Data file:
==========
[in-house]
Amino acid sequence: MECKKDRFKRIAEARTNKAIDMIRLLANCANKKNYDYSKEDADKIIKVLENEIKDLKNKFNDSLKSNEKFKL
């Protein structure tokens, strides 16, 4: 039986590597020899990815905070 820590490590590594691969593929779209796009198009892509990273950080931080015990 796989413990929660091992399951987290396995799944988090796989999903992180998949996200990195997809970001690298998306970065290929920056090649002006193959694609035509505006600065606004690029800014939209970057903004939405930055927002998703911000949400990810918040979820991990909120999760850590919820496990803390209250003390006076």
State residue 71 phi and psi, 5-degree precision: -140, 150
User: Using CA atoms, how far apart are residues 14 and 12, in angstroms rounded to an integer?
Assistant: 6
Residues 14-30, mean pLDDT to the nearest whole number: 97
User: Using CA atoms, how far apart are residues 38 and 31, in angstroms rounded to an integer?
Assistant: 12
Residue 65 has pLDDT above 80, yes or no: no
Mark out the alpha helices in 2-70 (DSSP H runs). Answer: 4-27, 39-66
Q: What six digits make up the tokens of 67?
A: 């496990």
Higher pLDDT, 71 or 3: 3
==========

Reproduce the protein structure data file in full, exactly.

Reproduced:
[in-house]
Amino acid sequence: MECKKDRFKRIAEARTNKAIDMIRLLANCANKKNYDYSKEDADKIIKVLENEIKDLKNKFNDSLKSNEKFKL
């Protein structure tokens, strides 16, 4: 039986590597020899990815905070 820590490590590594691969593929779209796009198009892509990273950080931080015990 796989413990929660091992399951987290396995799944988090796989999903992180998949996200990195997809970001690298998306970065290929920056090649002006193959694609035509505006600065606004690029800014939209970057903004939405930055927002998703911000949400990810918040979820991990909120999760850590919820496990803390209250003390006076």
State residue 71 phi and psi, 5-degree precision: -140, 150
User: Using CA atoms, how far apart are residues 14 and 12, in angstroms rounded to an integer?
Assistant: 6
Residues 14-30, mean pLDDT to the nearest whole number: 97
User: Using CA atoms, how far apart are residues 38 and 31, in angstroms rounded to an integer?
Assistant: 12
Residue 65 has pLDDT above 80, yes or no: no
Mark out the alpha helices in 2-70 (DSSP H runs). Answer: 4-27, 39-66
Q: What six digits make up the tokens of 67?
A: 């496990």
Higher pLDDT, 71 or 3: 3